Posted by: westlancashirerecord | April 15, 2017

No Balance Of Justice For Roseacre Wood?

  A Lancashire resident has been refused permission to take court action against the Communities’ Secretary, Sajid Javid, over Cuadrilla’s second Lancashire shale gas site at Roseacre Wood.

Jules Burton who lives 500m from the site, heard this morning that his challenge had been blocked by Mr Justice Dove, the High Court judge who on Wednesday dismissed two local challenges against Mr Javid over the Preston New Road fracking site.

Mr Burton said he was astonished by today’s news. He described the ruling as “not merely questionable but worrying in the extreme”. He said it had “rendered the democratic decision process to nothing more than window dressing”. Mr Burton’s challenge centred on the decision by Mr Javid to reopen the public inquiry on Roseacre Wood.

The Communities Secretary said on 6 October last year that he was minded to approve planning permission for the site. This was despite objections from parish and district councils, refusal of planning permission by Lancashire County Council on road safety grounds and a recommendation to reject Cuadrilla’s appeal for the same reason by the inspector at a 19-day public inquiry. Mr Javid said Cuadrilla had failed to provide adequate evidence that it had properly addressed the safety issues. The reopened inquiry would, he said, give the company the opportunity to “provide additional evidence on this point.”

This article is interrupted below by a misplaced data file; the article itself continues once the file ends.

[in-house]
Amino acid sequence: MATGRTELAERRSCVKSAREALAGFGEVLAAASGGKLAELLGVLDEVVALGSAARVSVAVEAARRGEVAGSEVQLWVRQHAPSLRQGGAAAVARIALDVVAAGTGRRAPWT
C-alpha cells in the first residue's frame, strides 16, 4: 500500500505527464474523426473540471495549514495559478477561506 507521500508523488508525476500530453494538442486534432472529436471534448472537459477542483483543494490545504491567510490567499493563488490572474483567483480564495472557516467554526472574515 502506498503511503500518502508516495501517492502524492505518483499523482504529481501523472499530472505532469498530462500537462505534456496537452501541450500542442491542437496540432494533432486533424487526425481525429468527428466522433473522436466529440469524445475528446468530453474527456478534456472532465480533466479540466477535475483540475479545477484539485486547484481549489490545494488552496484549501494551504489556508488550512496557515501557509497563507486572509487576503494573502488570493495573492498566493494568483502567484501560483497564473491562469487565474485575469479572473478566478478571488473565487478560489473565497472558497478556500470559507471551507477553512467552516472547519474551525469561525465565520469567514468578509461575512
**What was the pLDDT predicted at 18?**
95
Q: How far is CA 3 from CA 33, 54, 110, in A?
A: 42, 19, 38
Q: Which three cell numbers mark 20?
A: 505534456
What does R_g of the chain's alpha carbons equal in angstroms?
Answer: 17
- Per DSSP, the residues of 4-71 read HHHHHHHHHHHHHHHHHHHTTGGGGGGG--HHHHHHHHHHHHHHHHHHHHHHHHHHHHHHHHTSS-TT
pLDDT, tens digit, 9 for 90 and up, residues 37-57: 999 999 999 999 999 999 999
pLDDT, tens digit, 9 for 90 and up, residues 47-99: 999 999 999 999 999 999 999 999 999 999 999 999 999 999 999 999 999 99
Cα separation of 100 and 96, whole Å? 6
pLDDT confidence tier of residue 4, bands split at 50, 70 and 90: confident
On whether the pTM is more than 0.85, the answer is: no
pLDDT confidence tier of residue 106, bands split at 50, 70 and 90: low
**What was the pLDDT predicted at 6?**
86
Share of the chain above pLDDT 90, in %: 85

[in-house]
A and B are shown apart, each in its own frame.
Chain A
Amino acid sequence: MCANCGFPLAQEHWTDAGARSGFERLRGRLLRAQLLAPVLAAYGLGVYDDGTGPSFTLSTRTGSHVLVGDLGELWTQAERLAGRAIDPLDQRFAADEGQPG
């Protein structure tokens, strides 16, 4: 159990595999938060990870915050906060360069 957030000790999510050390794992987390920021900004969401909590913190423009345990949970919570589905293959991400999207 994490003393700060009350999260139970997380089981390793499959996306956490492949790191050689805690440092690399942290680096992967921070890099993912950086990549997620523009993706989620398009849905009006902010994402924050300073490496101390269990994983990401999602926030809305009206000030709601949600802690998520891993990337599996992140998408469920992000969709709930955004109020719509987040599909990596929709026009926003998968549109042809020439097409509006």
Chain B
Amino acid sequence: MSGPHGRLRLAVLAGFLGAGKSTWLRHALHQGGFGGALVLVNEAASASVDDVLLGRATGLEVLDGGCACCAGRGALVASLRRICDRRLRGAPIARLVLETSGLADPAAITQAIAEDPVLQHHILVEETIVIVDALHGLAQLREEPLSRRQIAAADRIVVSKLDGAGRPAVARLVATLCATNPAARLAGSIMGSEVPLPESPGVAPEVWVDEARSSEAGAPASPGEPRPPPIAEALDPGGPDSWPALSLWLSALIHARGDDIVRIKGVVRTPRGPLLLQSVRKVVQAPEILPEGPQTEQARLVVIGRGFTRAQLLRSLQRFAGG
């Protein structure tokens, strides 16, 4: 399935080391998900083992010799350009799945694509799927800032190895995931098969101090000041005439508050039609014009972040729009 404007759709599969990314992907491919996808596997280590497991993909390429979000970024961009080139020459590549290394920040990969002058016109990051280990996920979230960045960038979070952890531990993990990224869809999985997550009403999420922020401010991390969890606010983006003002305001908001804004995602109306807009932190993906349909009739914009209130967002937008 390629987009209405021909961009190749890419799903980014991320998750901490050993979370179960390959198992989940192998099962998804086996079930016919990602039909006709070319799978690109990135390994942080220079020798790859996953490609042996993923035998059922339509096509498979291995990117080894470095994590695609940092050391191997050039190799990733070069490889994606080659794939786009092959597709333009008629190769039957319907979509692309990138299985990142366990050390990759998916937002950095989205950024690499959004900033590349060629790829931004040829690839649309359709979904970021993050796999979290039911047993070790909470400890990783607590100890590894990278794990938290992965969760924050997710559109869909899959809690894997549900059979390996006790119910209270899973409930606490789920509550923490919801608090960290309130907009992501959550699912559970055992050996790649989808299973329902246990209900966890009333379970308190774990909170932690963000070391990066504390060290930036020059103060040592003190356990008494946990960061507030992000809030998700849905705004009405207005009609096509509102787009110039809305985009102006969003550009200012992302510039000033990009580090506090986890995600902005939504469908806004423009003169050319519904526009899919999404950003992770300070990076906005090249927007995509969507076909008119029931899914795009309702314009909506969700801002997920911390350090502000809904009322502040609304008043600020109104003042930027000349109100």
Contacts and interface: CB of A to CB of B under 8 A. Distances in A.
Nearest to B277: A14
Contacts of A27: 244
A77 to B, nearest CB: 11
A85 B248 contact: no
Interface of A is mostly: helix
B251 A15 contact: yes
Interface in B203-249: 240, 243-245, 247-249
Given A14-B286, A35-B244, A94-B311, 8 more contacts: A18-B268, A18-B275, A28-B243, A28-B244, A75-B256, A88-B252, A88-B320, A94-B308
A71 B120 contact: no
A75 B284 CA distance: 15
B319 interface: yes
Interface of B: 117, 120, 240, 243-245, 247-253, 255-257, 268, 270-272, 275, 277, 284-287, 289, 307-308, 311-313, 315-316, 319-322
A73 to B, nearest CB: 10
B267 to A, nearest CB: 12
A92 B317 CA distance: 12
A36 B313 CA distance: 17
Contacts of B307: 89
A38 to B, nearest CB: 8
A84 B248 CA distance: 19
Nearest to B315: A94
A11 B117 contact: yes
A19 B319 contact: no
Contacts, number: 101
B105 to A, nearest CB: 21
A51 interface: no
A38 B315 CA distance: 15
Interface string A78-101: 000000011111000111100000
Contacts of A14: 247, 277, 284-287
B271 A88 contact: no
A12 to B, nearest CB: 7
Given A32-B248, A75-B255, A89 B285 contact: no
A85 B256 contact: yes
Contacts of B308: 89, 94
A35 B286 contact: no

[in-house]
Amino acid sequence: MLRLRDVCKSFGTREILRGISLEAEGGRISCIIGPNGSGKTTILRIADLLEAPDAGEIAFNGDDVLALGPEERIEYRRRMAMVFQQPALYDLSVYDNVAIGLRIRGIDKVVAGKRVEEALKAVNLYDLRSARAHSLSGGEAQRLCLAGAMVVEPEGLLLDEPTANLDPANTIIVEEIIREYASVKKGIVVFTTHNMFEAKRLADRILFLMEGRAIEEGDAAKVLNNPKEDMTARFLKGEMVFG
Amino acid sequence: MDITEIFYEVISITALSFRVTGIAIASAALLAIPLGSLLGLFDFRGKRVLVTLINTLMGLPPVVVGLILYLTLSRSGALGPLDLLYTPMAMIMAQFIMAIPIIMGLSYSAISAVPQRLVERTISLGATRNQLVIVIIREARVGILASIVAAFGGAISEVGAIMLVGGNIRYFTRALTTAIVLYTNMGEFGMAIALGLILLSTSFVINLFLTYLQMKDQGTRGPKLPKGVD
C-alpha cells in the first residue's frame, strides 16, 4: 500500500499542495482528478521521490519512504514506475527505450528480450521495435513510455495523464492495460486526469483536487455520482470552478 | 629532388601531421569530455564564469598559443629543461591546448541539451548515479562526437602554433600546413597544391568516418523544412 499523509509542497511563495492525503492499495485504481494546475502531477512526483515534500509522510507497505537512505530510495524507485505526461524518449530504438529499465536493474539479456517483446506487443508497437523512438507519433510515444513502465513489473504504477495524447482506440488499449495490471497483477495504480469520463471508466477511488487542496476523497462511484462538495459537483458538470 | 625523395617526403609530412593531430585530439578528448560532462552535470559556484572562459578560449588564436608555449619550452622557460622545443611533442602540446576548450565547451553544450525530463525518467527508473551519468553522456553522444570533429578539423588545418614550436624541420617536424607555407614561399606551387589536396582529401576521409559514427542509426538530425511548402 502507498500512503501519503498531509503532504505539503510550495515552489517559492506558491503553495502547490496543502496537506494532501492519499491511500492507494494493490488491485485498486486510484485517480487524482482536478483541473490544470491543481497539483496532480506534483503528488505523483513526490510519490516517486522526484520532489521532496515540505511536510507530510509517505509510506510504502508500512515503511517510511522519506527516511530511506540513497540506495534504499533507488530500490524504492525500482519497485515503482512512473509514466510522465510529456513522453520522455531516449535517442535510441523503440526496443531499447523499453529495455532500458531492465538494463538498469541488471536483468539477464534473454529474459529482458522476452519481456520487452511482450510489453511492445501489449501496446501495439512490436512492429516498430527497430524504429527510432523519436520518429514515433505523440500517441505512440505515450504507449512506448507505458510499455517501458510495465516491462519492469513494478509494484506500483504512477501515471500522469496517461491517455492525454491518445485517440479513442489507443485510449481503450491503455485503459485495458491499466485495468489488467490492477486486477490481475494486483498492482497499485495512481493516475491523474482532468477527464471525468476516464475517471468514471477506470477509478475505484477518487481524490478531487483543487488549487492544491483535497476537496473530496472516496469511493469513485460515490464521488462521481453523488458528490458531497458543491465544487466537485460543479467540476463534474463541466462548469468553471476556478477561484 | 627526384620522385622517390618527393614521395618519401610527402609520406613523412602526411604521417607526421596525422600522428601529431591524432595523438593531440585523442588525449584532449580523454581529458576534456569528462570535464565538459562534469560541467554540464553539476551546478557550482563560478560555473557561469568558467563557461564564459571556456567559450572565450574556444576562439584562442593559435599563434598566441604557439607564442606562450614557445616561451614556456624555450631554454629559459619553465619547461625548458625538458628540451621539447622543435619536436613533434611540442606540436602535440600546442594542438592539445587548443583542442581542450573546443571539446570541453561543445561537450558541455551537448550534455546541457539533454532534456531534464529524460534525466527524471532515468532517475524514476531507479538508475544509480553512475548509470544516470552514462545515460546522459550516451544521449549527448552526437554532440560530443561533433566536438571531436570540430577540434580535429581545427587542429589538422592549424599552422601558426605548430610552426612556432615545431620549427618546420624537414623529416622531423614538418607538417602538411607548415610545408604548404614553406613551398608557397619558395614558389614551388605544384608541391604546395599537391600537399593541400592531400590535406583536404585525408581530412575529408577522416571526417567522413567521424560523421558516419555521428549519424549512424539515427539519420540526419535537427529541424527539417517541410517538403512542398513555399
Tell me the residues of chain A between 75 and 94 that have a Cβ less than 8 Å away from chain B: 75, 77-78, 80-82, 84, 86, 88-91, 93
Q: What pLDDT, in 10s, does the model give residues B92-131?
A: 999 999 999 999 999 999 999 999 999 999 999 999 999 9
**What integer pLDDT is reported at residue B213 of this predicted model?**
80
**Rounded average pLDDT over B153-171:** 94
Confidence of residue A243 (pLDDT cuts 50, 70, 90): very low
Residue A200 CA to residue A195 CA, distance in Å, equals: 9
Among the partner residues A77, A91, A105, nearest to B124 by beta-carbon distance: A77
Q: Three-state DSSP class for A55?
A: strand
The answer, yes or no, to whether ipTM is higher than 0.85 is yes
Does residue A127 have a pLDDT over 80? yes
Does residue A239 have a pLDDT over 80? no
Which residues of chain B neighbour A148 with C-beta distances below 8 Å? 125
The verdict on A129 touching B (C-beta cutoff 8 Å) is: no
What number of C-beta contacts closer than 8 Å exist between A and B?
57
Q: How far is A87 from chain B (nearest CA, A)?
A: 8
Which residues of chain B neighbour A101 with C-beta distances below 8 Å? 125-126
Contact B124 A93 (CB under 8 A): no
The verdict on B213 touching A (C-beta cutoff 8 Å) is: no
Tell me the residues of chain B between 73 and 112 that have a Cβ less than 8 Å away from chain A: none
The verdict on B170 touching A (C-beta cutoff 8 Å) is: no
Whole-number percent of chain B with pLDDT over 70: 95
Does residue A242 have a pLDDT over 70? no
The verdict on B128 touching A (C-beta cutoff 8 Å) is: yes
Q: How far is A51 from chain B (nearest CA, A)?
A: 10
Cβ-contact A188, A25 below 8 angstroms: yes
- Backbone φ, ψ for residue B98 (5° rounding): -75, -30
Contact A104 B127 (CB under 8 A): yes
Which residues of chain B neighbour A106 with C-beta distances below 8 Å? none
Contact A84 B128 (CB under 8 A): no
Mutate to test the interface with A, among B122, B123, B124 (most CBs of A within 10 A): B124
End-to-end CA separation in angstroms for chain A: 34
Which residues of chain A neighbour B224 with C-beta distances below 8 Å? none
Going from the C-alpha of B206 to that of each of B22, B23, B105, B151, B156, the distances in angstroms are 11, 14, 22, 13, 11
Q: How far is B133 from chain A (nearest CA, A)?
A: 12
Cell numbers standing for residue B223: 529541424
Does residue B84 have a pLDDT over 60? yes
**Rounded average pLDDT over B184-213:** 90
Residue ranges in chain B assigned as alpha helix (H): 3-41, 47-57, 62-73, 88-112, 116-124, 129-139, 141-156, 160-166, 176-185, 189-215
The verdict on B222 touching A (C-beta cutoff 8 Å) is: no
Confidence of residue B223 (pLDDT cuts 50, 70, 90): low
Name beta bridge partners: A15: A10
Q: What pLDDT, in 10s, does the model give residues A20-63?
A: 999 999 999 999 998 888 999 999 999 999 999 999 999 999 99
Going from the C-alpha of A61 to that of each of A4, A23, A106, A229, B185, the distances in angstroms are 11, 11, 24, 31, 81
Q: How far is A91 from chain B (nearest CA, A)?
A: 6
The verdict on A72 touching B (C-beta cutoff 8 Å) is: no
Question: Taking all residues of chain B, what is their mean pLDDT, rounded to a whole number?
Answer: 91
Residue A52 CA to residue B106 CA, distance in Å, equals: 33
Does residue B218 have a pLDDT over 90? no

Mr Burton argued that reopening the inquiry was “irrational”, “tainted by bias” and amounted to an abuse of power”. He said it was “inconceivable” that the Secretary of State would allow an unsuccessful objector an opportunity to present new evidence after an inquiry had closed. He added that the Secretary of State had not consulted with parties at the inquiry about whether the proceedings should be reopened and had not considered the financial impact and distress this would have on local people.

In his ruling on Mr Burton’s challenge, Mr Justice Dove said “I am satisfied that it would not be appropriate to grant permission in this case. It was not necessary for the reopened inquiry to be before the same Inspector, and there is no reason to infer bias from the proposal that another, entirely independent, Inspector should be commissioned to hear the reopened inquiry.”

Mr Justice Dove ordered Mr Burton to pay the Secretary of State’s costs of £2,055 within 14 days but turned down Cuadrilla’s claim for costs. When asked if he would pursue the case, Mr Burton said “I cannot afford to”.

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